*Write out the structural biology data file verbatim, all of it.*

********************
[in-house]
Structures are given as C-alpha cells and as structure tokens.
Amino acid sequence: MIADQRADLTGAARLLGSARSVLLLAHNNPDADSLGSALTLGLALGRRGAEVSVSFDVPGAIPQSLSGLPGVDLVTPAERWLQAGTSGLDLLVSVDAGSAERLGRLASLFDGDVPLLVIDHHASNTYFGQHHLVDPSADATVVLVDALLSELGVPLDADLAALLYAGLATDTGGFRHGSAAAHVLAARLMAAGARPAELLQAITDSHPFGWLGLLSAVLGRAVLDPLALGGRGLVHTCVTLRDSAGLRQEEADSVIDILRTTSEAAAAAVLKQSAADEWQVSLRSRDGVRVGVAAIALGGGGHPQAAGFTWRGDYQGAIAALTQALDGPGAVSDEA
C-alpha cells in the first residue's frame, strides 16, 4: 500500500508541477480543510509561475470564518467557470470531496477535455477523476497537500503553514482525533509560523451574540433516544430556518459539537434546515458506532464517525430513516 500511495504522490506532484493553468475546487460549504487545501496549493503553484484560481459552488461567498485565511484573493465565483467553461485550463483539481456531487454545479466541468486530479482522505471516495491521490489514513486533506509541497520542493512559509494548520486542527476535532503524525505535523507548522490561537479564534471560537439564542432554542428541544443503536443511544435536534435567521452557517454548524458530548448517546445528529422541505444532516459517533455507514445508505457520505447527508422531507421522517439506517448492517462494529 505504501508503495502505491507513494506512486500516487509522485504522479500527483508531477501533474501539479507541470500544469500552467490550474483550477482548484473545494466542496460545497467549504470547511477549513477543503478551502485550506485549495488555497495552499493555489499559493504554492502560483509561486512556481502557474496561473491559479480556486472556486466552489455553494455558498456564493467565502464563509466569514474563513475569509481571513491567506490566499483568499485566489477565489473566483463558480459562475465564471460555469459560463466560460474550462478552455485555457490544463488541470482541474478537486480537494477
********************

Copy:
[in-house]
Structures are given as C-alpha cells and as structure tokens.
Amino acid sequence: MIADQRADLTGAARLLGSARSVLLLAHNNPDADSLGSALTLGLALGRRGAEVSVSFDVPGAIPQSLSGLPGVDLVTPAERWLQAGTSGLDLLVSVDAGSAERLGRLASLFDGDVPLLVIDHHASNTYFGQHHLVDPSADATVVLVDALLSELGVPLDADLAALLYAGLATDTGGFRHGSAAAHVLAARLMAAGARPAELLQAITDSHPFGWLGLLSAVLGRAVLDPLALGGRGLVHTCVTLRDSAGLRQEEADSVIDILRTTSEAAAAAVLKQSAADEWQVSLRSRDGVRVGVAAIALGGGGHPQAAGFTWRGDYQGAIAALTQALDGPGAVSDEA
C-alpha cells in the first residue's frame, strides 16, 4: 500500500508541477480543510509561475470564518467557470470531496477535455477523476497537500503553514482525533509560523451574540433516544430556518459539537434546515458506532464517525430513516 500511495504522490506532484493553468475546487460549504487545501496549493503553484484560481459552488461567498485565511484573493465565483467553461485550463483539481456531487454545479466541468486530479482522505471516495491521490489514513486533506509541497520542493512559509494548520486542527476535532503524525505535523507548522490561537479564534471560537439564542432554542428541544443503536443511544435536534435567521452557517454548524458530548448517546445528529422541505444532516459517533455507514445508505457520505447527508422531507421522517439506517448492517462494529 505504501508503495502505491507513494506512486500516487509522485504522479500527483508531477501533474501539479507541470500544469500552467490550474483550477482548484473545494466542496460545497467549504470547511477549513477543503478551502485550506485549495488555497495552499493555489499559493504554492502560483509561486512556481502557474496561473491559479480556486472556486466552489455553494455558498456564493467565502464563509466569514474563513475569509481571513491567506490566499483568499485566489477565489473566483463558480459562475465564471460555469459560463466560460474550462478552455485555457490544463488541470482541474478537486480537494477